I also create a board in Trello for things I need to shoot, so I don’t get through a whole shoot and at the end remember, “oh no! I was supposed to use this bag!” for example. If you don’t have Trello, I’d highly recommend it! Blair got me hooked–it’s free and it’s so easy!
Pick locations in advance:
This also comes with planning ahead. Honestly, this is something I still struggle with, and it can be harder or easier really depending on where you live.
For example, my neighborhood is a lot less…picturesque than others in Chicago. It’s grittier and more urban–which can be cool for some bloggers, but isn’t necessarily on brand for me, so it requires a bit of planning. Remember, your photo backgrounds define your brand just as much as your editing style or what you wear. It’s important to go out of your way to plan these in advance (even though it’s tempting to just stand at the end of the driveway!)
Bearing this in mind, it’s REALLY helpful for me to keep a running list of photo shoot locations you can refer back to, so you aren’t aimlessly wandering, and having to settle for a location you don’t like simply because you got frustrated! This is also helpful if it gets too cold to shoot outside (although, 99% of the time I just grin and bear it.) Pretty, well-lit hotel lobbies and coffee shops are both good alternatives.
Another tricky part of picking locations is finding a place to change–I’ve done this before in coffee shop bathrooms, restaurants–usually it’s in the back of my photographer’s car if she has one. Make sure you have a game-plan with where you can change in advance, as sometimes this can eat up a lot of time during your shoot.
One more thing: I just got this pop-up changing tent on Amazon that will allow you to change anywhere, and I am REALLY excited to give it a whirl soon, haha!
If you’re not a fashion blogger, you might struggle with backgrounds in a different way–these backgrounds on Etsy work really great for food shots and flatlays! Ordering a few of these can help keep things interesting and cohesive at the same time! (Especially if you don’t have a fancy marble table or counter to shoot on!)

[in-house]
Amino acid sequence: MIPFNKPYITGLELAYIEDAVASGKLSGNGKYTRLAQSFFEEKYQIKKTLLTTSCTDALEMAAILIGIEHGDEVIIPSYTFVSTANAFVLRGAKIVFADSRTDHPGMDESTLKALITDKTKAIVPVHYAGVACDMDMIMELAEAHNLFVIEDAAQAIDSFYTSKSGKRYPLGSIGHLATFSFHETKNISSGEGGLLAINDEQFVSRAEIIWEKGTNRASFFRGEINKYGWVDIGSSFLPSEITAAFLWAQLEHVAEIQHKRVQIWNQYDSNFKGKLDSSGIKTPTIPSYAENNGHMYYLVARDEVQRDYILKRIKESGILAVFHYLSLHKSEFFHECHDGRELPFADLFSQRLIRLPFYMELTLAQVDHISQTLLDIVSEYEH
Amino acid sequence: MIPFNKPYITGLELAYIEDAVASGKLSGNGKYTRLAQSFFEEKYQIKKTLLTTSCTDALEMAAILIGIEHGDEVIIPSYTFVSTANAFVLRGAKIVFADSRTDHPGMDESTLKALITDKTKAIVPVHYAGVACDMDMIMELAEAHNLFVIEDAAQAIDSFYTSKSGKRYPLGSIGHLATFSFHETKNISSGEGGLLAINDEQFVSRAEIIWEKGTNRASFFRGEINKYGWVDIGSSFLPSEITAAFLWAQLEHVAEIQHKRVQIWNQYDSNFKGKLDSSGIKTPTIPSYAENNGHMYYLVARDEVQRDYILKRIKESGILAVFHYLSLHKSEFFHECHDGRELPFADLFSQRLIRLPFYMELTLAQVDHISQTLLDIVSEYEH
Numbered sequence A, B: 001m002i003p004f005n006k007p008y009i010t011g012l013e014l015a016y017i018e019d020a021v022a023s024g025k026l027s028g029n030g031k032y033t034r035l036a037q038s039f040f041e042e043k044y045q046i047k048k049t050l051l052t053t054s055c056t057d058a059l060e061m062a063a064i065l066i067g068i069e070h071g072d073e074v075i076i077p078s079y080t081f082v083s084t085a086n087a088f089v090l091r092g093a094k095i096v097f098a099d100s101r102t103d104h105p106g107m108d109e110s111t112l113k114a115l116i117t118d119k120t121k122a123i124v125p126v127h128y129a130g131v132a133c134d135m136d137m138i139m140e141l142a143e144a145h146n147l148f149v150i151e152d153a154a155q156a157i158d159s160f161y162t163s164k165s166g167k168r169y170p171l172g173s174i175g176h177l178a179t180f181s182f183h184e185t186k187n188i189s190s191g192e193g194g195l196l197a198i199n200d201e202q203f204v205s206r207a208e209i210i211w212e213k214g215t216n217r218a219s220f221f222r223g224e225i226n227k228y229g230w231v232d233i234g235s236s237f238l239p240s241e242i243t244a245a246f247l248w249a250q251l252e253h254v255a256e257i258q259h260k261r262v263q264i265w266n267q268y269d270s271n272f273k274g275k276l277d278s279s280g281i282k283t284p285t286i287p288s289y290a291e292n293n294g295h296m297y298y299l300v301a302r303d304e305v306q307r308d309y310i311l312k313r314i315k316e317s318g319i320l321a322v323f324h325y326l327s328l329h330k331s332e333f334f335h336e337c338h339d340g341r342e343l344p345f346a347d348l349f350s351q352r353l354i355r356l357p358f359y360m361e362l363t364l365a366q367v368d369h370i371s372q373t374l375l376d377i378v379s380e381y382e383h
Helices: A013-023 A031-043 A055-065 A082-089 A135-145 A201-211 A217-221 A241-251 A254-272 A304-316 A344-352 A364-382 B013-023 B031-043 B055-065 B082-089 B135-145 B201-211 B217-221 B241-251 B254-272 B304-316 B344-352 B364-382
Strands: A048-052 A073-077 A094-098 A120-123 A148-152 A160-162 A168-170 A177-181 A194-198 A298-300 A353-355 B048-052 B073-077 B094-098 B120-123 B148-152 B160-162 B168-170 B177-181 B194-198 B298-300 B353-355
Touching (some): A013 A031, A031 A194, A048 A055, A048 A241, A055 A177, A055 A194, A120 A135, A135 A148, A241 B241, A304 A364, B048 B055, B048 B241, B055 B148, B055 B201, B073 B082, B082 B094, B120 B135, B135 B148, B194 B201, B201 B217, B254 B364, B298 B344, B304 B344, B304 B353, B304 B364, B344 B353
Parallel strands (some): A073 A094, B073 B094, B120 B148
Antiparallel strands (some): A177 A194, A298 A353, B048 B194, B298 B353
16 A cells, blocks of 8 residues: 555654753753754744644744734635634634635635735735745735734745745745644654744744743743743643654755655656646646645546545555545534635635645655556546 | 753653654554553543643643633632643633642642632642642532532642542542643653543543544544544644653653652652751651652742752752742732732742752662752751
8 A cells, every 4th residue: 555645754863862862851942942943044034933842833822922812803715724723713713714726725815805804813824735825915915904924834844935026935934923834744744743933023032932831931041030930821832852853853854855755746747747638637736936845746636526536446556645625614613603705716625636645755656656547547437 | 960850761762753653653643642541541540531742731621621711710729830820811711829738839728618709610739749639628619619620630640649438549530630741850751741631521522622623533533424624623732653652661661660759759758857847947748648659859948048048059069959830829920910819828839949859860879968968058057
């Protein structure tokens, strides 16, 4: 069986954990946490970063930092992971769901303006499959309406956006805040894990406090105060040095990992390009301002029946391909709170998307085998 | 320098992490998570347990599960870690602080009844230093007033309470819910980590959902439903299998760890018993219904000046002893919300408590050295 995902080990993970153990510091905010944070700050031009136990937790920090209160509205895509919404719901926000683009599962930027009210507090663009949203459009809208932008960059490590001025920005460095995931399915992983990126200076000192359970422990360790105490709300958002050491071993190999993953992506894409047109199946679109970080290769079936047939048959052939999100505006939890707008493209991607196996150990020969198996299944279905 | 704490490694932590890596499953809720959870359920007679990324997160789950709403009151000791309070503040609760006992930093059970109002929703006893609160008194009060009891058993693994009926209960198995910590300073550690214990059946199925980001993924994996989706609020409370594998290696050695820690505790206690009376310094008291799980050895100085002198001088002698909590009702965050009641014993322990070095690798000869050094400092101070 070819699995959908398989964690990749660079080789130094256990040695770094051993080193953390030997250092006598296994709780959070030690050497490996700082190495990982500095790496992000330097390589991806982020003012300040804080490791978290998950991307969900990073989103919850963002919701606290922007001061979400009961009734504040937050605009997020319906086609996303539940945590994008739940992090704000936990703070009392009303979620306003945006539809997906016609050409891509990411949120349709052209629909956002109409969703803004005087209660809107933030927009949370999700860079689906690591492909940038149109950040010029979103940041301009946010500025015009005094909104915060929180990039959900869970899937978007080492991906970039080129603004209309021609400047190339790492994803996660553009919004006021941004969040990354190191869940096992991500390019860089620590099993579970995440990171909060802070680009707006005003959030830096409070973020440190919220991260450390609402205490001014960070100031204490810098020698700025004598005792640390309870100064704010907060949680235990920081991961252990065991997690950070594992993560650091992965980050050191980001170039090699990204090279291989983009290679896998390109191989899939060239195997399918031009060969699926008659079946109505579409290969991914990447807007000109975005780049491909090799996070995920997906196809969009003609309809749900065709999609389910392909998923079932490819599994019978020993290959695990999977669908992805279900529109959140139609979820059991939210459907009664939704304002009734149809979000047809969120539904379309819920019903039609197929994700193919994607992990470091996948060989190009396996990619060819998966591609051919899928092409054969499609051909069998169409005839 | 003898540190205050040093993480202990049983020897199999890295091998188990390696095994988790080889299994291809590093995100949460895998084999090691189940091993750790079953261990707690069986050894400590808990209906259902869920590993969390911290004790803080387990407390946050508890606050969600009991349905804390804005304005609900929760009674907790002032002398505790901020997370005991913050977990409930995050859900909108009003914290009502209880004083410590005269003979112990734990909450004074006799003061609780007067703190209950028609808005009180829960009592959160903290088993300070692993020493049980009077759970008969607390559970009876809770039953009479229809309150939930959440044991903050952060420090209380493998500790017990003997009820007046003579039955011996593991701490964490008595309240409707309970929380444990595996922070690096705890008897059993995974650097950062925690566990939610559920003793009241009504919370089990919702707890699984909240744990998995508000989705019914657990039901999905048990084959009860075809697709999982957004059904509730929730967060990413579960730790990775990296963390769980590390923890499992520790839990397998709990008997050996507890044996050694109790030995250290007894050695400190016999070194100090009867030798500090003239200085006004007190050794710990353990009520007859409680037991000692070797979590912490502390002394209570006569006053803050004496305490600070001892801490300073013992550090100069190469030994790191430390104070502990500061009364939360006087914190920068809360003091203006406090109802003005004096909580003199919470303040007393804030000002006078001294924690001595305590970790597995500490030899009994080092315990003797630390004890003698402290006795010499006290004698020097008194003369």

Set a time limit:
This tip really, really helps. Especially if your shooting partner is another blogger, it’s easy to get carried away and want to take a bajillion photos, taking WAY longer than is actually necessary. Look at the shots you’re getting on your camera as you go–once you’ve gotten what you need–move on. There’s no need to get 20 different shots of the same angle! If you have a time limit, it will keep you on task and moving swiftly through the shoot, thus, allowing you to accomplish a lot more!
Find a reliable shooting partner or photographer:
Speaking of shooting partners, they’re not exactly easy to come by, are they? Most likely, when you first start out, you’ll willingly throw your camera to anyone who with a heartbeat is willing and able at a given moment to help you shoot something. While this is always good to have in a pinch, it’s not exactly a sustainable model.
Instead, do as much networking as you can to make friends with other bloggers in your circle! (Pop into our Blogging For Keeps BFF’s Facebook group and ask if there are any bloggers in your area! Chances are, they’re looking for someone to help them take photos, too!)
You can also hire a photographer, if that’s within your budget. For reference, here in Chicago, most blog shoots will set you back about $75-$85 per hour (which includes photo editing as well, and as many shoots as you can fit within that specific time frame.)
More ideas: Reach out to your local college to see if they have any photography students who are looking to build their portfolio. Or, find a photographer who is maybe looking to swap services–do you do graphic design? Maybe she’s looking for someone to help with her website. If you get creative, you can usually find a solution!